Troy Parfitt’s Why China Will Never Rule the World is a travelogue detailing three trips he made during his decade of teaching English in Taiwan. The first two trips are to the Chinese mainland, and the third trip is a journey through Taiwan. Throughout these trips, he travels to the Potala Palace in Tibet, the Ice Festival in Harbin and most of the major tourist destinations in between. The book is focused on what he sees and experiences as a tourist, though it is interspersed with large dollops of the history of the places that he is visiting, mostly summarizations of books Parfitt has read.
As he hits most of the tourist spots in China, he often complains about the way the Chinese do not look out the window or how they do not read enough. He laments the constant haranguing he receives as a Western tourist, the “harlo” cat calls and the touts trying to cheat him. For four hundred pages, he piles up these complaints without really making any point. The title suggests that he is going to use his observations to answer questions about China’s future role in the world, but, he fails to even begin to answer the question that he sets out to answer. Instead, the reader is left with pages of his anger at the Chinese and little more. Parfitt seems to think that his complaints are enough for evidence that China will never rule the world, though he hardly tries to make that argument.
Parts of Parfitt’s book do make for great reading. In general, it is a nice contrast to the encomiums pouring out of publishers with only praise for China. Parfitt takes on the task of seeing if China is actually all that people make it out to be, and he decides that it fails.
At some points, Parfitt’s prose is vivid, and his descriptions of the landscapes are compelling. Lines like “unfurled fields of swaying jade adorned with brick homes and formations of karst, the craggy, luxuriant mountains” transport his readers to China. At some points, he is genuinely funny, but sometimes, he tries too hard to be funny.
Parfitt’s strongest point comes when he details his discussions with the Chinese people he meets while traveling. These discussions are animated and often say a lot about the country. In one episode, Parfitt meets a woman who teaches Chinese to Korean students. The teacher finds it so strange that her Korean students have so much money compared to the Chinese even though the Koreans, in her words, simply copied Chinese “culture and language.” These episodes reveal what individuals in China really think, and these passages are the most important contribution this book makes to the on-going discussion of China.
However, the book’s shortcomings dim these strong points so much that they are hard to see. Though this is Parfitt’s second book, he is not a good writer. Parfitt’s four hundred pages are written more like a book report than an actual book. The book is filled with clichés and bad writing. This bad writing is compounded by the fact that little editing was done. We get to learn what he eats for breakfast, lunch and dinner, plus what he watched on television before bed on most days of his trip. If he ate something interesting each day, this would not be a problem, but, in most cases, he is simply wasting a page detailing his trip to the local McDonalds. Granted, this is not entirely Parfitt’s fault. A good editor would have cut much of this and worked to improve his writing.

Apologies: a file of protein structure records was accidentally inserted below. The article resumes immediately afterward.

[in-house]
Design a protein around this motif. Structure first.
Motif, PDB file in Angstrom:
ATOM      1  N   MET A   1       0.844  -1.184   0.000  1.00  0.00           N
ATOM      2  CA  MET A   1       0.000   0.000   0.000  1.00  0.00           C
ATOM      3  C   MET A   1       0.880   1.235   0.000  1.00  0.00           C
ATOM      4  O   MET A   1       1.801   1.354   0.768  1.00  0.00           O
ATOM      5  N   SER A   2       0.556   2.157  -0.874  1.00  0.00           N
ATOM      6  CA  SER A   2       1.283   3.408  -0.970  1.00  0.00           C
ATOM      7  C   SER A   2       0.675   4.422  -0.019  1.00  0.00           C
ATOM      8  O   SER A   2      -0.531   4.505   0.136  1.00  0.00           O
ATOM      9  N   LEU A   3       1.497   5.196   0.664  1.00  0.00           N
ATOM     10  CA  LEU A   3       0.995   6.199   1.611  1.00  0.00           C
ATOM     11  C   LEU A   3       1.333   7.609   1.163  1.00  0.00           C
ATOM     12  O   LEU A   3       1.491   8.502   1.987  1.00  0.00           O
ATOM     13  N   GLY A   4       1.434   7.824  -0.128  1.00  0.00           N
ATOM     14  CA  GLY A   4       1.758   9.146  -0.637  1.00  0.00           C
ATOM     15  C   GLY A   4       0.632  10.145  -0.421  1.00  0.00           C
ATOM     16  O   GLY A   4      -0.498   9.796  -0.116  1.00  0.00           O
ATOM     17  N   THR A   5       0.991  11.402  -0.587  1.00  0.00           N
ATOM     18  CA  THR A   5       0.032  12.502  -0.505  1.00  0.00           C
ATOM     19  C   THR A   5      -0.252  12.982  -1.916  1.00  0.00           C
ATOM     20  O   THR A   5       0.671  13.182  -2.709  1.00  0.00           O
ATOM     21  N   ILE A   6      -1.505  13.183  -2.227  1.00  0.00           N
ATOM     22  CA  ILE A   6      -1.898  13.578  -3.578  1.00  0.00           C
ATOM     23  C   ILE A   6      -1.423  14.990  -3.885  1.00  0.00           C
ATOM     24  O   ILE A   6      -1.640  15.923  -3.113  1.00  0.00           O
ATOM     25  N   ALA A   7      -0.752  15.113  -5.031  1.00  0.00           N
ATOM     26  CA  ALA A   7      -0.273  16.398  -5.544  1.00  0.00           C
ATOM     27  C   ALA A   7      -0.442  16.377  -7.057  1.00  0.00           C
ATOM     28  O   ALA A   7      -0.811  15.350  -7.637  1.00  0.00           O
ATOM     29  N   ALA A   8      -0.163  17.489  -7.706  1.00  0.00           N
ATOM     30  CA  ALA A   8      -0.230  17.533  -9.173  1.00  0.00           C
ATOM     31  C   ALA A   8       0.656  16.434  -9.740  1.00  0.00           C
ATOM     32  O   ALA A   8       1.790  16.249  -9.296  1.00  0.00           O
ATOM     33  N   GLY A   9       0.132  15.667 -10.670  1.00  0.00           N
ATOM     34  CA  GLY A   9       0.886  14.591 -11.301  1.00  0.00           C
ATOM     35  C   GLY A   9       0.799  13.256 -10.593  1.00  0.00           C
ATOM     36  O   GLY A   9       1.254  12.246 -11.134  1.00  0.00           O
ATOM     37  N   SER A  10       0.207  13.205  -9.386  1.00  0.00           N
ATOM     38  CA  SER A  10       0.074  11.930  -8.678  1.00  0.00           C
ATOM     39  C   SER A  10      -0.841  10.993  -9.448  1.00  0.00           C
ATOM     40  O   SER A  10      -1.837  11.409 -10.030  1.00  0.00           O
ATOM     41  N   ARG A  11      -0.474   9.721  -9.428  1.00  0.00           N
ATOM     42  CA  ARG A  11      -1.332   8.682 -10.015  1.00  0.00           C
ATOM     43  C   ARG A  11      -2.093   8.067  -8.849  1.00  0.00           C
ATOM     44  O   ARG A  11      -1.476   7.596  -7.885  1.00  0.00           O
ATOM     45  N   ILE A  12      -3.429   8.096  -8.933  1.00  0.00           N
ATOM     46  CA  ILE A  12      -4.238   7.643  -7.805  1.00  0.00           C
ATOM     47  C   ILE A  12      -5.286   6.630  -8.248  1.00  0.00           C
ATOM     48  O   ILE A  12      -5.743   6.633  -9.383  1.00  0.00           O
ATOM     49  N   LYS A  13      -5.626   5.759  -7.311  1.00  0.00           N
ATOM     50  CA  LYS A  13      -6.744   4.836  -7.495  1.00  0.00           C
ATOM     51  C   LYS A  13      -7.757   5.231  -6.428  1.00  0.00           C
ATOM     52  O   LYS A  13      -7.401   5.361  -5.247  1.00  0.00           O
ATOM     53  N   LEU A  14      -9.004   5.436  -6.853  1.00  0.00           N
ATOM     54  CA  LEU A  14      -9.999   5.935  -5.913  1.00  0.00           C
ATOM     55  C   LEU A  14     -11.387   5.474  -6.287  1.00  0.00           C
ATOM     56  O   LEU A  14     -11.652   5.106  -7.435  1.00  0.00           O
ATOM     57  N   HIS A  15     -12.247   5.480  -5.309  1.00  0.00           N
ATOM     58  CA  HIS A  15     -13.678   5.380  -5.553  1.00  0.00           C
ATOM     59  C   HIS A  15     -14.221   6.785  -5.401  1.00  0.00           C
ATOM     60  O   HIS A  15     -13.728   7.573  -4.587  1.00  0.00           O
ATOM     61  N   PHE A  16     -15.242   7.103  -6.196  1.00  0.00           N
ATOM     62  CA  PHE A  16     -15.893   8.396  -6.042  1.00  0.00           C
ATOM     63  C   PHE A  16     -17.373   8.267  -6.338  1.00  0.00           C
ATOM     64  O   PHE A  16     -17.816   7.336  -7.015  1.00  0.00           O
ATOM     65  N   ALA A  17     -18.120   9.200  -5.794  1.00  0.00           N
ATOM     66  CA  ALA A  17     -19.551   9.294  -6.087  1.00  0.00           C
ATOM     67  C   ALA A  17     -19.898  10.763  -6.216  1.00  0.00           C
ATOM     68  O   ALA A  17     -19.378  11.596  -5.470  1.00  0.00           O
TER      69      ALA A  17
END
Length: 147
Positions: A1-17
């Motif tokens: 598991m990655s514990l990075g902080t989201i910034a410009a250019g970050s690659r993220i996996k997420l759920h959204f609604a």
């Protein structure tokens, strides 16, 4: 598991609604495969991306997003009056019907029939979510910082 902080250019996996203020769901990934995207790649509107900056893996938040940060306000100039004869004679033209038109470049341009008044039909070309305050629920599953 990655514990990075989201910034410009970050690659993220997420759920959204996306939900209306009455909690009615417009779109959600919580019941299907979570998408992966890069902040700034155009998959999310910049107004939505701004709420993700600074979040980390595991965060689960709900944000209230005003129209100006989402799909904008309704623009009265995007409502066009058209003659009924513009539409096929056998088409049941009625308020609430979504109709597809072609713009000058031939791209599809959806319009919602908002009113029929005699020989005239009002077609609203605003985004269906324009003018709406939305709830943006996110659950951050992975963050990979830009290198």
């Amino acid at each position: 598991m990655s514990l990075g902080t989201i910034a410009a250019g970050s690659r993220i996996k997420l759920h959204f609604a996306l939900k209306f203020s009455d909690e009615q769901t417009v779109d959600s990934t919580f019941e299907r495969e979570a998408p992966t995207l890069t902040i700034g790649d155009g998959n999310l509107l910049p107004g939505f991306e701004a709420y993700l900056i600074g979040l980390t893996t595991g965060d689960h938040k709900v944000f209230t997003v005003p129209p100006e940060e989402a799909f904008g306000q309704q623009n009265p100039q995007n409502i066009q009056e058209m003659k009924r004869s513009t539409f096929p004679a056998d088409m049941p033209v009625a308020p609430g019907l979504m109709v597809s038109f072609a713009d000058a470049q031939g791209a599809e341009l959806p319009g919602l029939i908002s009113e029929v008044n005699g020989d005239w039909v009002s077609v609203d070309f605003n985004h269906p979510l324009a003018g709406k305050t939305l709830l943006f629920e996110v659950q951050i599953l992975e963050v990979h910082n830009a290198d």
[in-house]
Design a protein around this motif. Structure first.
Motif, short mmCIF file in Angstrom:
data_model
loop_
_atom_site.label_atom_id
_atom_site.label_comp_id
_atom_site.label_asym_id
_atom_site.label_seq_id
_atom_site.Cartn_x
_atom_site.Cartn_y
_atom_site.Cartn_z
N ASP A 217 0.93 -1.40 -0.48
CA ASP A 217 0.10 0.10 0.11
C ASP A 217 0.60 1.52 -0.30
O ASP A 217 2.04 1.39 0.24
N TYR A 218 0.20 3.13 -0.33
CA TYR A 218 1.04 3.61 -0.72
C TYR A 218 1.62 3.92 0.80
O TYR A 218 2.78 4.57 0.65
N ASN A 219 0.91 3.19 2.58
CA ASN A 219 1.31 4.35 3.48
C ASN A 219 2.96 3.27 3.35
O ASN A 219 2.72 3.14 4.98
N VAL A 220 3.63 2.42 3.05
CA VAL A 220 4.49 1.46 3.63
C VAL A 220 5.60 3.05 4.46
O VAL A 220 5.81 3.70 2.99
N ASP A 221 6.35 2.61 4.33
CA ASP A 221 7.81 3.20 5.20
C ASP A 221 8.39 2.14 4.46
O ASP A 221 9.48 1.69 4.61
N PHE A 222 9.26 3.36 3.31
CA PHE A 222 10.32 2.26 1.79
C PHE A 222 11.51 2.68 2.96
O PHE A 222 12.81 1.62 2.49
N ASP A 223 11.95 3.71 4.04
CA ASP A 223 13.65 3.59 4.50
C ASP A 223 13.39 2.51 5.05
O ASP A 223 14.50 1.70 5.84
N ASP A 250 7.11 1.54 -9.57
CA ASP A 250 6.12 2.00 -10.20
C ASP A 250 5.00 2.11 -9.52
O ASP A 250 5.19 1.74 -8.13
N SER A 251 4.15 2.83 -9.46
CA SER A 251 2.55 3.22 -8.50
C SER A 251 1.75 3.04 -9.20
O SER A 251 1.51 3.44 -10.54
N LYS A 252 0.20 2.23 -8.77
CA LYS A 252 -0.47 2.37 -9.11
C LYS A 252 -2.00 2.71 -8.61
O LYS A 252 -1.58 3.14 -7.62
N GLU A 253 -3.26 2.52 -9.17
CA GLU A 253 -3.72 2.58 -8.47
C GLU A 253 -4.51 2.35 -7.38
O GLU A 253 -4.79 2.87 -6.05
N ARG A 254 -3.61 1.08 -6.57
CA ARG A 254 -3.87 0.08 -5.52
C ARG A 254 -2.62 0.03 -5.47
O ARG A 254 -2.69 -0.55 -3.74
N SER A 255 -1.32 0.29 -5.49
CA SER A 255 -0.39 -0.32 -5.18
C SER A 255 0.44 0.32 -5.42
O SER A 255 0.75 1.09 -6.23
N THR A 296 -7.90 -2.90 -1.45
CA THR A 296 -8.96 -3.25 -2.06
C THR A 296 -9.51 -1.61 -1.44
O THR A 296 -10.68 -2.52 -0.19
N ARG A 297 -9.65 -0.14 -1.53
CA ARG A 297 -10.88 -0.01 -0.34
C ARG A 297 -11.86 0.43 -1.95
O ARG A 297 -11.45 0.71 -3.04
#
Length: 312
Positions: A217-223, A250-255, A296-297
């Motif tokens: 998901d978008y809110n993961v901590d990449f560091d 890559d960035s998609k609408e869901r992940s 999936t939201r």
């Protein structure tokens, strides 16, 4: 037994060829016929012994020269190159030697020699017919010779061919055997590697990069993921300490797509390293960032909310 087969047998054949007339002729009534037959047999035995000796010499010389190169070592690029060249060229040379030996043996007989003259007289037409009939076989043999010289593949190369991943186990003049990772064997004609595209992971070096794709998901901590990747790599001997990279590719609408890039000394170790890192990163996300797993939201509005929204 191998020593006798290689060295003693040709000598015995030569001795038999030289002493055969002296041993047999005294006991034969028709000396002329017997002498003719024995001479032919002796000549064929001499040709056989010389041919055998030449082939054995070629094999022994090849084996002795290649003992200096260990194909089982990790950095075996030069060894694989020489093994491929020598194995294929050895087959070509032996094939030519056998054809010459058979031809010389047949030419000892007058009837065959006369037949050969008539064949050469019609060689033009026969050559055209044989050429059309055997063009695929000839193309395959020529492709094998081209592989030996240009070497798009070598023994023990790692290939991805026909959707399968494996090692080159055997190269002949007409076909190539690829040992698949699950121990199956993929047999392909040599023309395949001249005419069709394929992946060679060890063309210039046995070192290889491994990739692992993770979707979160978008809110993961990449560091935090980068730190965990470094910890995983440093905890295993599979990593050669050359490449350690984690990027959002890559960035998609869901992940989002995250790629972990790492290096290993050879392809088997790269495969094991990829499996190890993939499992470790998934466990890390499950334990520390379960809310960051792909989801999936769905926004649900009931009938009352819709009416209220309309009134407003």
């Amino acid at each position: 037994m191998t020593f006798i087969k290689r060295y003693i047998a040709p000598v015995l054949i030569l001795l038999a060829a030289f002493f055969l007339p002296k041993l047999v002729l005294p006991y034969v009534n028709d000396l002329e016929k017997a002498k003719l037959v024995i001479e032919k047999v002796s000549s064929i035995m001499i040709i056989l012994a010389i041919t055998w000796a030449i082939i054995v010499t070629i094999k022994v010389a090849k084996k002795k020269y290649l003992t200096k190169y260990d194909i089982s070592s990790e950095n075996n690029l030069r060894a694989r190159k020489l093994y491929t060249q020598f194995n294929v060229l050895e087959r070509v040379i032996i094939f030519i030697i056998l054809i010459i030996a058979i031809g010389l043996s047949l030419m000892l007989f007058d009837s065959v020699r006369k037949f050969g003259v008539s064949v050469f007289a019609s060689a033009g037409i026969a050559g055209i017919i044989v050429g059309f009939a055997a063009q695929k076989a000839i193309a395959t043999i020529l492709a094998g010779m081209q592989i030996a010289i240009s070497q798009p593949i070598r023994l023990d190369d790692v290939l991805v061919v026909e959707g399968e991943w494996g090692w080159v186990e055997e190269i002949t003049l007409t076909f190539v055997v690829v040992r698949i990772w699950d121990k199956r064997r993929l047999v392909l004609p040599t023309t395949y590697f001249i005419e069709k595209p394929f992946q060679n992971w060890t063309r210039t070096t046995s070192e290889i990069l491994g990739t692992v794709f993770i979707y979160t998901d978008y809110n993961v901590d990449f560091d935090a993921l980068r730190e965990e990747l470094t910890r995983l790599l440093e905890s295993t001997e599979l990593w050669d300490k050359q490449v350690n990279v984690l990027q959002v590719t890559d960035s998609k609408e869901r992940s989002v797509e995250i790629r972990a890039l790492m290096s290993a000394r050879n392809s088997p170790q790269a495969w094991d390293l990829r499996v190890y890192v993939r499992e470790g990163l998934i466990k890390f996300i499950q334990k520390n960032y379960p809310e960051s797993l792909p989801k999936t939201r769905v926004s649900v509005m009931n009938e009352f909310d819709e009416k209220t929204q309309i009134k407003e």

Furthermore, Parfitt bounces from one topic to the next seemingly at random, starting a paragraph with one topic and, before finishing with that topic, moving on to another. Parfitt’s jumping from one topic to the next makes it difficult to figure out what point he is trying to make, and, for this reason, the book seems ever wandering in search of some new topic, never making a point about the topic it just picked up.
Finally, the most problematic part of this book is Parfitt’s inability to adapt culturally. He really seems to despise the Chinese, which is strange considering he spent over a decade living in Taiwan. “… and not even the multitudes of Chinese tourists, their idiot grins and derisive greetings could dampen [my mood], although they definitely tried.” Though he is able to have interesting conversations with individual Chinese people, he is never able to overcome his general dislike of the Chinese populace.
At one point in the book, he engages in a discussion with students about New Zealand. His students, Parfitt realizes, did not want to visit the country because pictures of New Zealand all showed scenes that were beautiful yet devoid of human beings, something that Parfitt thinks makes it a fantastic destination. “Nothing frightens the Chinese quite like the prospect of isolation.” He continues the rest of the page excoriating the Chinese for daring to value isolation and human contact differently than he does, for daring to think differently than Troy Parfitt does.
Parfitt fails to adapt to Chinese culture. From what he has written, he seems to hate almost everything about it because it does not align with his value system. Parfitt has missed what makes travel so delicious, being confronted with values and situations that we are not used to and forcing ourselves to adapt to them.
He may be right about China not being able to rule the world, or he may be wrong. Reading his book will not answer that question because he is not able to come to terms with the Chinese. He constantly seems to seek out fights with the Chinese. He never gets beyond the most basic book-learning of Chinese culture, leaving his description of the country and the problems which it is facing (and this reviewer agrees with Troy Parfitt – China has many problems) flat and of little value to someone wanting to understand China. This book has some positives, particularly at the points in which Parfitt does engage with Chinese people, but, for the most part, the author cannot help the reader understand China because he never tries to understand China himself.